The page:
Created from objects found in a variety of habitats, from rain forests to arctic snow drifts, Hill's work visually represents this cyclical design in a stunning array of vivid colors and breathtaking imagery.

Hill's artwork is far more than just a visual reflection of nature's evolved design; the very process of its creation follows the cyclical pathway that Hill so strongly advocates. As Edwin Datschefski explains, "Martin Hill's work shows how, in a very pure way, materials can be borrowed from nature to make a physical product that performs a function or service – in this case the stirring of people's souls. Unlike traditional artists' materials, when the materials Martin has used are returned to nature, they continue on their geological or organic pathways, and the cycles of life are unbroken."


James Turrell is one of the world's leading artists. His forty year exploration of light enables him to make thought-provoking and beautiful contemporary art works which often have an emotional and uplifting effect on viewers.

Born in 1943 in Los Angeles, James Turrell studied astronomy, psychology, mathematics, fine art and art history at Pomona College, Claremont and the University of California.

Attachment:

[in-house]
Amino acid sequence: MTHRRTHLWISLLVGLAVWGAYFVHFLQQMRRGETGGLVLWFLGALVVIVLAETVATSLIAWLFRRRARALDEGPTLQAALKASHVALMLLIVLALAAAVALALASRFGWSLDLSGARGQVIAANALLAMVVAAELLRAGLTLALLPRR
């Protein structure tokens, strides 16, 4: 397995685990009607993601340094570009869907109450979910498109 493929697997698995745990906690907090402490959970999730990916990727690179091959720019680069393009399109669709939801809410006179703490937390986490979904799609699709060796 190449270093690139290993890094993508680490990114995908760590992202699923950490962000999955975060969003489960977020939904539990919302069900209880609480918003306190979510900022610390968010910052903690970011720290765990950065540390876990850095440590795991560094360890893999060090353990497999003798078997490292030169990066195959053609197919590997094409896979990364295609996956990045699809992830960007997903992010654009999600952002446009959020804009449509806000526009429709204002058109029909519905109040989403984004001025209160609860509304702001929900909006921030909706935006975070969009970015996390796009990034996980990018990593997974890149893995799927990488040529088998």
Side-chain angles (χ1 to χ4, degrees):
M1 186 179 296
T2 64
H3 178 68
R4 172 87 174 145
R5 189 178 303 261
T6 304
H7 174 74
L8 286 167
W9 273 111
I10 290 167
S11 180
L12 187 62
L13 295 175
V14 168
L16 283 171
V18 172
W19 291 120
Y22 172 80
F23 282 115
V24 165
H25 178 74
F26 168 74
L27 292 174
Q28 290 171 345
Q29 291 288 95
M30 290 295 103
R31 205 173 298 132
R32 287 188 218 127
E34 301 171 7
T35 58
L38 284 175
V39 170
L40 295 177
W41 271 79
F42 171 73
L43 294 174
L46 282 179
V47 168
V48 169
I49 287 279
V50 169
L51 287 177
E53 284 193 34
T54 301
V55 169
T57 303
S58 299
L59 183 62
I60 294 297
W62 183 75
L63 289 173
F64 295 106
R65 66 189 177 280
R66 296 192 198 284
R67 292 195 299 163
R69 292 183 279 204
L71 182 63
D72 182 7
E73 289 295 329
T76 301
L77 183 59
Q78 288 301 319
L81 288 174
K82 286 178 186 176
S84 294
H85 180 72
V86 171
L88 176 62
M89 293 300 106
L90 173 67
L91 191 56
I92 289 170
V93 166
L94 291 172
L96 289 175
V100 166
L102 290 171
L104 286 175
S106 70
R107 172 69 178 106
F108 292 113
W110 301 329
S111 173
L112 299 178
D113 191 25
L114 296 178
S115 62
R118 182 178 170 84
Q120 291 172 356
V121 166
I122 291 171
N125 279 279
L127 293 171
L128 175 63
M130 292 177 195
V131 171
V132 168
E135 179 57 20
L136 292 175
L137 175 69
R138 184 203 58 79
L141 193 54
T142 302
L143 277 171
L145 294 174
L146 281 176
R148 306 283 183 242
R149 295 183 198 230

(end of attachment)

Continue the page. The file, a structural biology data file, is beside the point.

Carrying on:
His background in aircraft construction and flight navigation, together with a rigorous knowledge of optics, eye physiology and perceptual psychology, have each informed his work over the last four decades.

In 1966, Turrell rented the former Mendota Hotel in Ocean Park, California: sealing the building from the sound and light outside, he experimented with projected light, gradually introducing shafts of moon and sunlight into the spaces. This important period of experimentation and development provided the basis necessary for all subsequent works.

Following his first international solo exhibition aged 33 at the Stedelijk Museum in Amsterdam, Turrell has continued to exhibit in major museums internationally.